I am reading CLRS relating to perfect hashing. When computing the $$ \mathbb{E}[\sum_{j=0}^{m-1}{n_j\choose{2}}] $$ where $m$ is the number of slots in the hash table, and $n_j$ is the number of keys ...
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1answer
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What are the k-collections described in ch. 8 of “An Introduction to the Analysis of Algorithms” by Sedgewick

In chapter eight of "An Introduction to the Analysis of Algorithms" by Sedgewick (1996 edition) the coupon collector problem is introduced on page 425. My confusion is how to identify the k-...
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Search operation in hash table

Suppose that we have a hash table of some size $s$ and we have a set of keys $K$. We decide to hash the keys using chaining. Now assume that we randomly select $k \in \mathbb{N}$ keys from $K$ and ...
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1answer
110 views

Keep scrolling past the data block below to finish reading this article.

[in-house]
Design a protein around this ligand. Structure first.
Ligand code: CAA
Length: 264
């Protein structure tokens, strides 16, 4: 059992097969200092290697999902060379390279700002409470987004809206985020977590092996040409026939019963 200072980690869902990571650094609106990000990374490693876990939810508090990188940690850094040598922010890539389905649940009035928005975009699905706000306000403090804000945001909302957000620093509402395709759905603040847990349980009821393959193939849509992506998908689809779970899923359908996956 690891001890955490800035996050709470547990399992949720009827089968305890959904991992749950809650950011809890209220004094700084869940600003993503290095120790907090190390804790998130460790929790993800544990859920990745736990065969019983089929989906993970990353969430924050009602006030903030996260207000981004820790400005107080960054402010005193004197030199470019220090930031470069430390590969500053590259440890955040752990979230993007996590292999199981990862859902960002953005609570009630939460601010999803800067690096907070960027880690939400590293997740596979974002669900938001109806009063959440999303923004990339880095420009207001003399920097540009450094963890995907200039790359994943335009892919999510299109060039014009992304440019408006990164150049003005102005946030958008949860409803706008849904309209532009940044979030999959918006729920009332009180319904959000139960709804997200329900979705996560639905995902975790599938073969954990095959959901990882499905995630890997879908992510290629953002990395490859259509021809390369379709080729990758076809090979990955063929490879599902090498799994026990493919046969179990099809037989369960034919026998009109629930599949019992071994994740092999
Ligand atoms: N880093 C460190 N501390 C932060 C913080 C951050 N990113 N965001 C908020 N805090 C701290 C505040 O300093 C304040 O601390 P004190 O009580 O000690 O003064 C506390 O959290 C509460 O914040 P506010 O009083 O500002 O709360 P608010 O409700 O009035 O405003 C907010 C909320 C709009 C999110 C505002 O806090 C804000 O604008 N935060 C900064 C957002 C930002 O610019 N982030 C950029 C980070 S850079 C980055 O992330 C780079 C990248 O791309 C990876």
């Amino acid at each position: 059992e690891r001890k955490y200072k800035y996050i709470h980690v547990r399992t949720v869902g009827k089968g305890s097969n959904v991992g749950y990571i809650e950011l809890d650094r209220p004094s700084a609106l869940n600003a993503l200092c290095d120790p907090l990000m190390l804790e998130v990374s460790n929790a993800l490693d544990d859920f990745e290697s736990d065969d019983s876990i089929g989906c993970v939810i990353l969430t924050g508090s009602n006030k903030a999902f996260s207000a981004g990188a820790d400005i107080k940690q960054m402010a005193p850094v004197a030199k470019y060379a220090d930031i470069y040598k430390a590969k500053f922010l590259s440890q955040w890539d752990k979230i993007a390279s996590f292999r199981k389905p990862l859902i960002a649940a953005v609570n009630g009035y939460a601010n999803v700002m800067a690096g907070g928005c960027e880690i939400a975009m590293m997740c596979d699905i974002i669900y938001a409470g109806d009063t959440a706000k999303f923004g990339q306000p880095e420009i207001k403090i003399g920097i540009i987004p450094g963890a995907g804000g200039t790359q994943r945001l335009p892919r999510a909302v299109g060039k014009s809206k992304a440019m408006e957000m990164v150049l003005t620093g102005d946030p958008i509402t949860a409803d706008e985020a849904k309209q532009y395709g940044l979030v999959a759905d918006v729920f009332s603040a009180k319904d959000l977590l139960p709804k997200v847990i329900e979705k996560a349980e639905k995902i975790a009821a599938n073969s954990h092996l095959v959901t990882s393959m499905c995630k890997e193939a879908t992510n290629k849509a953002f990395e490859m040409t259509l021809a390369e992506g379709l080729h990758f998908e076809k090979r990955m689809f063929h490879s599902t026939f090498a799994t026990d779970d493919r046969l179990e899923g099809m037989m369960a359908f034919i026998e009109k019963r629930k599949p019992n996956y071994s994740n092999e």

Small space hash functions that are weakly but not strongly universal

This is a follow up to this this question about weakly universal hash functions A family of hash functions $H_w$ is said to be weakly universal if for all $x \ne y$ : $$P_{h \in H_w}(h(x) = h(y)) \...
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1answer
240 views

Ketama hash explanation

(I originally posted this on stackoverflow but thought it would be a better fit here) I'm trying to understand the Ketama hash code used in consistent hashing. link and snippet below: ...
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1answer
41 views

additive hash function

Do functions with the following properties exists for x being arbitrary stream of bytes: op(f(x1), f(x2))=f(x1+x2) and op(f(x1), f(x2))!=f(x2+x1) given that x1!=x2 where plus denotes concatenation ...
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2answers